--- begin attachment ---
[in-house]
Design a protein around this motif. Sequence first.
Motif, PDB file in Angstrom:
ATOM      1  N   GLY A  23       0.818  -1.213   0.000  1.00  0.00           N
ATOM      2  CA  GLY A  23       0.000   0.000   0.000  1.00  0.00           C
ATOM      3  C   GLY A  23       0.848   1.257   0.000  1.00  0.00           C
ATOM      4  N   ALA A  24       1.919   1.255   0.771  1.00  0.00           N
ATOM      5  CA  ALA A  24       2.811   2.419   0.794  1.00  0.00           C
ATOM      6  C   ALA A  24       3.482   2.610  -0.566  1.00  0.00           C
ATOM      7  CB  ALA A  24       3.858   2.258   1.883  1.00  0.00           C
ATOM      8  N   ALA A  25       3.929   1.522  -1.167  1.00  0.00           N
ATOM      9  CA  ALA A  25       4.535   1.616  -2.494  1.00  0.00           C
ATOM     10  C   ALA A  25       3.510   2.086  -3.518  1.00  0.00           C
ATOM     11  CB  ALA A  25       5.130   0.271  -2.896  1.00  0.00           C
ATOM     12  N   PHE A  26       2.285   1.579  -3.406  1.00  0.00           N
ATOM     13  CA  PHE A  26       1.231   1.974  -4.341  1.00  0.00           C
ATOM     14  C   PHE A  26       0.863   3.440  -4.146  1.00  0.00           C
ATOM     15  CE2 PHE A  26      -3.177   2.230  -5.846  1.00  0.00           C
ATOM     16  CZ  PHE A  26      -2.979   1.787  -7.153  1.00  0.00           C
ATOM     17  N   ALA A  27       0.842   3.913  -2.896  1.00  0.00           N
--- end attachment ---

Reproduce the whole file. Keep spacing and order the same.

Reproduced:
[in-house]
Design a protein around this motif. Sequence first.
Motif, PDB file in Angstrom:
ATOM      1  N   GLY A  23       0.818  -1.213   0.000  1.00  0.00           N
ATOM      2  CA  GLY A  23       0.000   0.000   0.000  1.00  0.00           C
ATOM      3  C   GLY A  23       0.848   1.257   0.000  1.00  0.00           C
ATOM      4  N   ALA A  24       1.919   1.255   0.771  1.00  0.00           N
ATOM      5  CA  ALA A  24       2.811   2.419   0.794  1.00  0.00           C
ATOM      6  C   ALA A  24       3.482   2.610  -0.566  1.00  0.00           C
ATOM      7  CB  ALA A  24       3.858   2.258   1.883  1.00  0.00           C
ATOM      8  N   ALA A  25       3.929   1.522  -1.167  1.00  0.00           N
ATOM      9  CA  ALA A  25       4.535   1.616  -2.494  1.00  0.00           C
ATOM     10  C   ALA A  25       3.510   2.086  -3.518  1.00  0.00           C
ATOM     11  CB  ALA A  25       5.130   0.271  -2.896  1.00  0.00           C
ATOM     12  N   PHE A  26       2.285   1.579  -3.406  1.00  0.00           N
ATOM     13  CA  PHE A  26       1.231   1.974  -4.341  1.00  0.00           C
ATOM     14  C   PHE A  26       0.863   3.440  -4.146  1.00  0.00           C
ATOM     15  CE2 PHE A  26      -3.177   2.230  -5.846  1.00  0.00           C
ATOM     16  CZ  PHE A  26      -2.979   1.787  -7.153  1.00  0.00           C
ATOM     17  N   ALA A  27       0.842   3.913  -2.896  1.00  0.00           N